There looked to be some harsh words exchanged after Butler took a charge on an unsuspecting Crowder near three-quarter court, with Crowder putting the basketball in Butler’s chest while Butler was still on the floor, causing players on both teams to convene for some tense moments.

Celtics guard Isaiah Thomas got involved and then before Butler could blink, Bulls guard Rajon Rondo joined the proceedings, as pushing and shoving ensued before technical fouls were assessed to both teams after an officials’ review.

If one wondered whether these Bulls—a team that touts itself as young with so many players having three years or less professional experience—could play with some bark and bite, perhaps the season opener provided a bit of a positive preview for the next 81 games.

Nearby, an unbothered Dwyane Wade took a practice 3-point shot, much to the delight of the United Center crowd, as observers witnessed the first sign of tangible proof the Bulls have intentions on regaining a bit of an edge on the floor.

Wade joked and took it as a sign of respect between the two teams.

“It looked like it, right? Yeah. It was a little something out there,” said Wade when asked if there was some chippy play. “Every time we play them it’s gonna be like that. Two teams finding their way in the Eastern Conference. We know we gotta see each other a lot. They never give up. They can be down 30 with 15 seconds left and they’re still gonna fight.”

The Bulls have externally preached toughness from the start of camp. Although Wade didn’t participate in that meeting of the minds, he isn’t exactly running away from such matters.
And Rajon Rondo is competitively ornery enough to have his voice hard no matter the setting.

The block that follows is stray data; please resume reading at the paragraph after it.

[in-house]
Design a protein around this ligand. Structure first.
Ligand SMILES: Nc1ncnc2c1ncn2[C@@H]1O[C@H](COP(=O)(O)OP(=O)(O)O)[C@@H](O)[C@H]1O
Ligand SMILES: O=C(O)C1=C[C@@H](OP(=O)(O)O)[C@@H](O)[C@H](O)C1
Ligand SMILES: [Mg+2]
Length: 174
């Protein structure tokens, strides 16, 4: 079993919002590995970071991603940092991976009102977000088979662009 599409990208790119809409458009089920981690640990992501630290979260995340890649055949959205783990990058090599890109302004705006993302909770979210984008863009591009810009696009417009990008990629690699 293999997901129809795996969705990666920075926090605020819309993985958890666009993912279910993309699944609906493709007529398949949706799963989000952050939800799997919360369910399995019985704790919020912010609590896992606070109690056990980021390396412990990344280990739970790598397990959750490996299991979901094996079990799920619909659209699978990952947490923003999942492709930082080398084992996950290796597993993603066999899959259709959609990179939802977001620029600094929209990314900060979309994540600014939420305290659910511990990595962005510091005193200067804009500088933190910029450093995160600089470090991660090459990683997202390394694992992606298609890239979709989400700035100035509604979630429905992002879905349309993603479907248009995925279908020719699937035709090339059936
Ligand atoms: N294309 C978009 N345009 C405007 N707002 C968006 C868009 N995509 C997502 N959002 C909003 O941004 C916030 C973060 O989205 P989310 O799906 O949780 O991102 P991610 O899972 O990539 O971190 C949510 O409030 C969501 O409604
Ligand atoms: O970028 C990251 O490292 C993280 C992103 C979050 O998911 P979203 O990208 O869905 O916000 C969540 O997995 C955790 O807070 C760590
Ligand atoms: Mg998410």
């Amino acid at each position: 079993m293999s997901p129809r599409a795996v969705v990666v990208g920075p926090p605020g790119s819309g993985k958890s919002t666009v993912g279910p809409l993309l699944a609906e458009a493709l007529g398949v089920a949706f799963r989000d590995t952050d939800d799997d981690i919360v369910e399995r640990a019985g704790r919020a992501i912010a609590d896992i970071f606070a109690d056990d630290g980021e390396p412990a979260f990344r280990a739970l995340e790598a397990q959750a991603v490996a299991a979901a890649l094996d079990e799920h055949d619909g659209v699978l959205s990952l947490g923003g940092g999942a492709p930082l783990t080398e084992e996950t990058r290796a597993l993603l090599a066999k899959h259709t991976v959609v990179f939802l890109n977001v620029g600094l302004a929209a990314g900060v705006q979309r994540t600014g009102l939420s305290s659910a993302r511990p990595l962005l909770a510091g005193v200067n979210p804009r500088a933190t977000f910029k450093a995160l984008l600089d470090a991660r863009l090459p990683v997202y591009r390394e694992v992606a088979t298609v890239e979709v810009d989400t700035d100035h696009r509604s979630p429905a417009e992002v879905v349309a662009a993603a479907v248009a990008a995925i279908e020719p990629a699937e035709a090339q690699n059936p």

[SHOP: Gear up, Bulls fans!]

“It’s been a big theme of practice,” Bulls coach Fred Hoiberg said. “We want to play with physicality and toughness. I think it was evident on the glass tonight.”

Yes, the Bulls outrebounded the Celtics by 19, but that could’ve been a by-product of the Bulls’ crashing the offensive glass on a porous shooting night. And yes, the slightly tense moment between Butler and Crowder probably won’t be an expected occurrence.

But when’s the last time one had multiple examples to dissect to discern this team’s level of toughness—or lack thereof.

“That’s something to show that the guys are out there fighting for each other,” Hoiberg said. “That they were playing with an edge. It happens with this game. You have to be competitive.”

Competition boiled over slightly, but considering the NBA isn’t exactly UFC, one doesn’t have to do much to display a little physical resolve.

“The fact that nothing escalated was good,” Hoiberg said. “The fact that those guys are out there and playing for each other and have each other’s back, that’s a huge thing right now.”

Too many times last season, it seemed the Bulls would submit in situations like those. Not that they were particularly soft, but it didn’t appear they had the collective will to fight for one another if an altercation arose.

Half the time, they looked like they could barely stand to be in the room with each other.

“It’s people’s will to win. Not saying a bad thing about anybody from last year,” Butler said. “To tell you the truth, I study the game and put in a lot of work but Rondo studies the game a lot. Every time I’m in the gym, he’s in the gym. That lets me know, these (dudes) are going to war with you. Every day. When I hit that deck, Rondo was right there. I wanna play with guys that’s gonna play hard, that’s gonna fight.”

And it didn’t take long for Butler to realize he has at least a couple teammates willing to jump in the foxhole with him.